The Ten Bulls of Zen
The Ten Bulls of Zen are something unique in the history of human consciousness. Truth has been expressed in many ways, and it has always been found that it remains unexpressed whatsoever you do. Howsoever you express it, it eludes, it is elusive. It simply escapes description. The words that you use for it cannot contain it. And the moment you have expressed, immediately you feel frustrated as if the essential has been left behind and only the nonessential has been expressed. The Ten Bulls of Zen have tried in a single effort to express the inexpressible. So first, something about the history of these ten bulls.
Basically, there were eight pictures, not ten; and they were not Buddhist, they were Taoist. Their beginning is lost. Nobody knows how they started, who painted the first bulls. But in the twelfth century a Chinese Zen master, Kakuan, repainted them; and not only that, he added two more pictures, and eight became ten. The Taoist pictures were ending on the eighth; the eighth is emptiness, nothingness. But Kakuan added two new pictures. That is the very contribution of Zen to religious consciousness.
(Osho: The Search)
1 In Search of the Bull
(aimless searching, only the sound of cicadas)
Following unnamed rivers, lost upon the interpenetrating paths of distant mountains,
my strength failing and my vitality exhausted, I cannot find the bull.
I only hear the locusts chirring through the forest at night
2 Discovering the Footprints
(a path to follow)
Along the riverbank under the trees, I discover footprints!
Even under the fragrant grass I see his prints.
Deep in remote mountains they are found.
These traces no more can be hidden than one's nose, looking heavenward.
3 Perceiving the Bull
(but only its rear, not its head)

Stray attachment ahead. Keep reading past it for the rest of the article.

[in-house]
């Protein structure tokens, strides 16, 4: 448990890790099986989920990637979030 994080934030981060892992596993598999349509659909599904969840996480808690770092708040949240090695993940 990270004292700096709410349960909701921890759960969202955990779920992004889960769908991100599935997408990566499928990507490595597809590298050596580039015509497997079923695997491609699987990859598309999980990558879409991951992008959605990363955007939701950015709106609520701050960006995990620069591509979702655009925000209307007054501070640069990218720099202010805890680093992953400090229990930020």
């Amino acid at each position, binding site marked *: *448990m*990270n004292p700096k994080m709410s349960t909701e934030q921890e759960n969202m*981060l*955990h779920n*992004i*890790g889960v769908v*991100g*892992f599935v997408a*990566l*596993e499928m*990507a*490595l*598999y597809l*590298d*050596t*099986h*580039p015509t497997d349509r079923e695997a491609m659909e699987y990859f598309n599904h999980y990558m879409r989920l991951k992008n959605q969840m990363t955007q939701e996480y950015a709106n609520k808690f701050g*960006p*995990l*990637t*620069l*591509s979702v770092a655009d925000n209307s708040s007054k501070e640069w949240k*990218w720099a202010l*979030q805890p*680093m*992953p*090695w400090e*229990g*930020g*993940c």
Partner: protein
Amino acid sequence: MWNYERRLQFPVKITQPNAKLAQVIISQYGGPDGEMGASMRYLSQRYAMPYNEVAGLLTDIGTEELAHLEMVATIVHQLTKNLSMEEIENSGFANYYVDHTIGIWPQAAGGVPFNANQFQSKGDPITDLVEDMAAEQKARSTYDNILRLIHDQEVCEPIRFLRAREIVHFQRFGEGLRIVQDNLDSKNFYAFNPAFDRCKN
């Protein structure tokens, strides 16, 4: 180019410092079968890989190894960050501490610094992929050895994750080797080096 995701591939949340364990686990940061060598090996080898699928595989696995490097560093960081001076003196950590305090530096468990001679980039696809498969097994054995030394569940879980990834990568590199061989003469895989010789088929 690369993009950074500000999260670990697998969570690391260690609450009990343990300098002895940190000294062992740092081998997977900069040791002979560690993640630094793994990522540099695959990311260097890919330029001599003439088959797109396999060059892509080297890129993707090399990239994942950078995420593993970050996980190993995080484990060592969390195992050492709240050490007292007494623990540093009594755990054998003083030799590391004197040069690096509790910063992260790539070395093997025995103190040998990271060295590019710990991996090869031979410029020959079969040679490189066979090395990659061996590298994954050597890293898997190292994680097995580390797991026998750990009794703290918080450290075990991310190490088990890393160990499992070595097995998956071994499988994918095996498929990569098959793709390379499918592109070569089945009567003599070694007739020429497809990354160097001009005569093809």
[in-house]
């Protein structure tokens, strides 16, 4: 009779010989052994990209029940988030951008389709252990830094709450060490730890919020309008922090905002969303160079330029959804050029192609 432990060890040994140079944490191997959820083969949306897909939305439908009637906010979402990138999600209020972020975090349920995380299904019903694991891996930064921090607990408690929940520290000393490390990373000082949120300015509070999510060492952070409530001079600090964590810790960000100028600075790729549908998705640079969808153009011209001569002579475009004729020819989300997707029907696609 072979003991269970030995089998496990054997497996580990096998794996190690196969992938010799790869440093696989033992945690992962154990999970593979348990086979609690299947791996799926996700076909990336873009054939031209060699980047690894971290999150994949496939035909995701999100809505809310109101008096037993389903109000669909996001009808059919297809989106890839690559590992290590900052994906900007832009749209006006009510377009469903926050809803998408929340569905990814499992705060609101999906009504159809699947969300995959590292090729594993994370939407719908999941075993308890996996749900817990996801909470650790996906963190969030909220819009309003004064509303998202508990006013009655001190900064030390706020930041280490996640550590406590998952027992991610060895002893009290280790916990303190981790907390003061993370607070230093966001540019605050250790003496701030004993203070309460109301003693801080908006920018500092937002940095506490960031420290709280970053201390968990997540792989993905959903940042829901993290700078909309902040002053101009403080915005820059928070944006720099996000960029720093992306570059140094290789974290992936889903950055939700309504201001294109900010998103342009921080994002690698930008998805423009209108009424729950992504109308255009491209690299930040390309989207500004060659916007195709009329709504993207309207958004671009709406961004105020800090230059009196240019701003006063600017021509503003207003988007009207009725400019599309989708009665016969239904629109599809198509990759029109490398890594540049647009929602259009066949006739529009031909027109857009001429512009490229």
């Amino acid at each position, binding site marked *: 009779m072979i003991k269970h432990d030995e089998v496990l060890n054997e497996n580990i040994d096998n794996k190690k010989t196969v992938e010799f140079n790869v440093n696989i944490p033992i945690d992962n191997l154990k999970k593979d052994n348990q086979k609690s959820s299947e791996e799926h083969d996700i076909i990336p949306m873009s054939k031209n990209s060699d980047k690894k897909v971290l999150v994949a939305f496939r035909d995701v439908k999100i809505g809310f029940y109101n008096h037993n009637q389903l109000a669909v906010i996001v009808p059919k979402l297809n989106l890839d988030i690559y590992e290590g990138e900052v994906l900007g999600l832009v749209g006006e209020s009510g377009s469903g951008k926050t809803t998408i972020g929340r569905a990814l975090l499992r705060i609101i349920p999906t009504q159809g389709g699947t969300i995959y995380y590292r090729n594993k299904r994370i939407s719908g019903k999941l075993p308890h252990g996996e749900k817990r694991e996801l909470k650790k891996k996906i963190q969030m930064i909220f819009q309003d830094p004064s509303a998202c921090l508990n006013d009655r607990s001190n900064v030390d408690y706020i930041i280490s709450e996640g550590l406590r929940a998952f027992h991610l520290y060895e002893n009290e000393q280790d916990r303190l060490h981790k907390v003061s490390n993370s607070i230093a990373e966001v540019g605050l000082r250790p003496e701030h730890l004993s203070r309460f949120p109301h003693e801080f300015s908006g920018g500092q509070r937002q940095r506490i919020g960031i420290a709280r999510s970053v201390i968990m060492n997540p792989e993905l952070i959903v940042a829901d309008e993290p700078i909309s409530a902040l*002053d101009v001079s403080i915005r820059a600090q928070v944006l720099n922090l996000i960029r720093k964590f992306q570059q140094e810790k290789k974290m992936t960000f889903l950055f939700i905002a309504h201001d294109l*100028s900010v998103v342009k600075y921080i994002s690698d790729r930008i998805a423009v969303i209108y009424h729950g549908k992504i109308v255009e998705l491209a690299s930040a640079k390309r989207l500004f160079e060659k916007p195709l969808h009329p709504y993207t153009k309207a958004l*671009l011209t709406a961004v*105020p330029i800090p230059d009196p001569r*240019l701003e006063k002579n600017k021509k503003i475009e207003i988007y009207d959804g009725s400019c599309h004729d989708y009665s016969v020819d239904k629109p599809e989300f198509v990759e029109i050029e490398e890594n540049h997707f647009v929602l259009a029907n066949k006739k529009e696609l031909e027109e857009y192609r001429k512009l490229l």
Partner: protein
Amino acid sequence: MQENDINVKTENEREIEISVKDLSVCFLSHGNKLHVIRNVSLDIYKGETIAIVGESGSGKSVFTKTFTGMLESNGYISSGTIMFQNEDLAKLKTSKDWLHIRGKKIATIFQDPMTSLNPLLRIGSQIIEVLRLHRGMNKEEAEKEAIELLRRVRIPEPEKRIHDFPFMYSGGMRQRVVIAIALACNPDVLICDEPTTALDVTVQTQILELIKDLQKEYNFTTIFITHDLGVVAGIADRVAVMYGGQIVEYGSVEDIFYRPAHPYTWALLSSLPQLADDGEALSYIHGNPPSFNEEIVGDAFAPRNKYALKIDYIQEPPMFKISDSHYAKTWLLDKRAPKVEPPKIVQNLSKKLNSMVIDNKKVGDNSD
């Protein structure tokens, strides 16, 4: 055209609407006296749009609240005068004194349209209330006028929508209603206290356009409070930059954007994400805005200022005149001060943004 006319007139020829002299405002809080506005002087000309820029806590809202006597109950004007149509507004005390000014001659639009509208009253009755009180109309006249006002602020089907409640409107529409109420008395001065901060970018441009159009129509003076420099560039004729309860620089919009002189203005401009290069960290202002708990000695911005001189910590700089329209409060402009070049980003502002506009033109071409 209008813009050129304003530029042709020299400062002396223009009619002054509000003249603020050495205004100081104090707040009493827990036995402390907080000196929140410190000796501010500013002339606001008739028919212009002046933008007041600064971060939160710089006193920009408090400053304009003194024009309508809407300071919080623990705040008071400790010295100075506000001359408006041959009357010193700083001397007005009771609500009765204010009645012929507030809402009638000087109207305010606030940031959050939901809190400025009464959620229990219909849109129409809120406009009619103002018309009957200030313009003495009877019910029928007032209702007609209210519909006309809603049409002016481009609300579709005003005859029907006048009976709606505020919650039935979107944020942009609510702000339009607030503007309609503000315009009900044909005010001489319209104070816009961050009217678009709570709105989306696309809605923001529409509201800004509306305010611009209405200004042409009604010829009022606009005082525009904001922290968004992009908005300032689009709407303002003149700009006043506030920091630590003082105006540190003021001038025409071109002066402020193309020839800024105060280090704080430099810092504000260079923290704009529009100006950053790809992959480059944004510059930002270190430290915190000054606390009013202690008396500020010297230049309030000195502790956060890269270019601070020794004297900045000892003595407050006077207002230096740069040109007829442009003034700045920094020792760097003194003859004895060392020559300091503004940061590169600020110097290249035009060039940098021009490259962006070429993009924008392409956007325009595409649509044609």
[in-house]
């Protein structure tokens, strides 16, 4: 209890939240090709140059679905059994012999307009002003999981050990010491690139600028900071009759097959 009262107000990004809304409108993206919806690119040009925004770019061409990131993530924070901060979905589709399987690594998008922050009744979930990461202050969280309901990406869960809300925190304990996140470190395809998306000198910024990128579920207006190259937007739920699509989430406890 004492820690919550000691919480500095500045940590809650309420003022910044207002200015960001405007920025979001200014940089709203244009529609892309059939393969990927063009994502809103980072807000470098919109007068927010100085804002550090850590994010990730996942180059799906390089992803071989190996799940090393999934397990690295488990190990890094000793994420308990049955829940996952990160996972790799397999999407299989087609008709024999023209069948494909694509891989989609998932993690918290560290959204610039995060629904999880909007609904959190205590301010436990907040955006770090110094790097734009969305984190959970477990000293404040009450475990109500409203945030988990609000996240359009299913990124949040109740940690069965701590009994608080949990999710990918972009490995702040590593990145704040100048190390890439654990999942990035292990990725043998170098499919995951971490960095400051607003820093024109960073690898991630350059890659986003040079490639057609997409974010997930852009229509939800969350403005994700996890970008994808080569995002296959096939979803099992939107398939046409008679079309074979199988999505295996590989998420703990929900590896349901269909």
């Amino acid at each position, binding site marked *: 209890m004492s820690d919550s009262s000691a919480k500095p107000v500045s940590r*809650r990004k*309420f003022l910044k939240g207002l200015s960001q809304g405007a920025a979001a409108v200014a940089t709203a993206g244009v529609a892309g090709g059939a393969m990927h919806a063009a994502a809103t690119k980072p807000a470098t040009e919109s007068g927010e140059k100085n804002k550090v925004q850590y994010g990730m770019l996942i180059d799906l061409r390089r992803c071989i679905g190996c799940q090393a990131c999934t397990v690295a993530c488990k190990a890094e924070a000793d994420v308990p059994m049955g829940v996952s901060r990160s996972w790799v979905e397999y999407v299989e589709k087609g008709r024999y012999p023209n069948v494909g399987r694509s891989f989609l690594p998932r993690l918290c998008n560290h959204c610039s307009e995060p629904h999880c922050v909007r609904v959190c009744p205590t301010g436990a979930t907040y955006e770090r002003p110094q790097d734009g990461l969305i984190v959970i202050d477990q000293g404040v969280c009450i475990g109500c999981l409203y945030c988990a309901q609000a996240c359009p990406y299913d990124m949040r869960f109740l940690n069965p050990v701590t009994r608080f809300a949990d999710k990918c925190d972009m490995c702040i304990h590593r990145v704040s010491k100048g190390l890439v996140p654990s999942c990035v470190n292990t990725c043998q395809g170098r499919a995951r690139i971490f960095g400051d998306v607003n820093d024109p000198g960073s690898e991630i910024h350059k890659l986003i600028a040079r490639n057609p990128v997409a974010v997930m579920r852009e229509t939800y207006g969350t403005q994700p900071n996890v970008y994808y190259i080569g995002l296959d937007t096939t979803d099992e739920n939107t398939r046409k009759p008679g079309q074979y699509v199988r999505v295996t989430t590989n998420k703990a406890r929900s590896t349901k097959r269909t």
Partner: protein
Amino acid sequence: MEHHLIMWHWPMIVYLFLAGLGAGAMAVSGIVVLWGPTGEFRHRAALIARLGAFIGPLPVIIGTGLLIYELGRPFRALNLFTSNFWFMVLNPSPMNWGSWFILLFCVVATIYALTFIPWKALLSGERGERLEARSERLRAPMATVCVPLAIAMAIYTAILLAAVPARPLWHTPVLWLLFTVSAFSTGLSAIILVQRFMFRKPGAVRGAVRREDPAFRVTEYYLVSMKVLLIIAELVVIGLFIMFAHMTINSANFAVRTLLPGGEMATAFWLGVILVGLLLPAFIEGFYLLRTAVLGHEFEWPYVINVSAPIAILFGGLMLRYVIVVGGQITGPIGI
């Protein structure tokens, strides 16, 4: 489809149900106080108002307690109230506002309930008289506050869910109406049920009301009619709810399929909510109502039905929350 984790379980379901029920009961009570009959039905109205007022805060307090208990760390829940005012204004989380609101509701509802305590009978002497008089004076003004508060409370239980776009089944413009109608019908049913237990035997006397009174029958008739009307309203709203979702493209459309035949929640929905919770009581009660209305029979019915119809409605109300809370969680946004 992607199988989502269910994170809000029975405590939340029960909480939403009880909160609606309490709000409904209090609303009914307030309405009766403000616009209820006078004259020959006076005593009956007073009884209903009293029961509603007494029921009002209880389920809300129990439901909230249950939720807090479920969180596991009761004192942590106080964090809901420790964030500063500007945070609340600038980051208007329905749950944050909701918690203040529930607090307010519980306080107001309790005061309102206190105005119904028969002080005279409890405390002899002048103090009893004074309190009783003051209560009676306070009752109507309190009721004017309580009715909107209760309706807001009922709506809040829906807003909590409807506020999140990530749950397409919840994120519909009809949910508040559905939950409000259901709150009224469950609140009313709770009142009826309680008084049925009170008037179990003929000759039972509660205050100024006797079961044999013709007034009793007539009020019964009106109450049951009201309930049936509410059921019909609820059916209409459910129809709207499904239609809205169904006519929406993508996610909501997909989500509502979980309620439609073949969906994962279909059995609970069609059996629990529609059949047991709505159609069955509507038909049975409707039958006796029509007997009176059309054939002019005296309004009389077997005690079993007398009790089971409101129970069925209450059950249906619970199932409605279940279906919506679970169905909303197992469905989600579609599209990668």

I hear the song of the nightingale.
The sun is warm, the wind is mild, willows are green along the shore, Here no bull can hide!
What artist can draw that massive head, those majestic horns?
4 Catching the Bull
(a great struggle, the bull repeatedly escapes, discipline required)
I seize him with a terrific struggle.
His great will and power are inexhaustible.
He charges to the high plateau far above the cloud-mists, or in an impenetrable ravine he stands.
5 Taming the Bull
(less straying, less discipline, bull becomes gentle and obedient)
The whip and rope are necessary,
Else he might stray off down some dusty road.
Being well trained, he becomes naturally gentle.
Then, unfettered, he obeys his master.
6 Riding the Bull Home
Mounting the bull, slowly I return homeward.
The voice of my flute intones through the evening.
Measuring with hand-beats the pulsating harmony, I direct the endless rhythm.
Whoever hears this melody will join me.
7 The Bull Transcended
(once home, the bull is forgotten, discipline's whip is idle; stillness)
Astride the bull, I reach home.
I am serene. The bull too can rest.
The dawn has come. In blissful repose.
Within my thatched dwelling I have abandoned the whip and rope.
8 Both Bull and Self Transcended
(all forgotten and empty)
Whip, rope, person, and bull -- all merge in No-Thing.
This heaven is so vast no message can stain it.
How may a snowflake exist in a raging fire?
Here are the footprints of the patriarchs.
9 Reaching the Source
(unconcerned with or without; the sound of cicadas)
Too many steps have been taken returning to the root and the source.
Better to have been blind and deaf from the beginning!
Dwelling in one's true abode, unconcerned with that without --
The river flows tranquilly on and the flowers are red.
10 In the World
(in the crowded marketplace; spreading enlightenment by mingling with humankind)
Barefooted and naked of breast, I mingle with the people of the world.
My clothes are ragged and dust-laden, and I am ever blissful.
I use no magic to extend my life;
Now, before me, the dead trees become alive.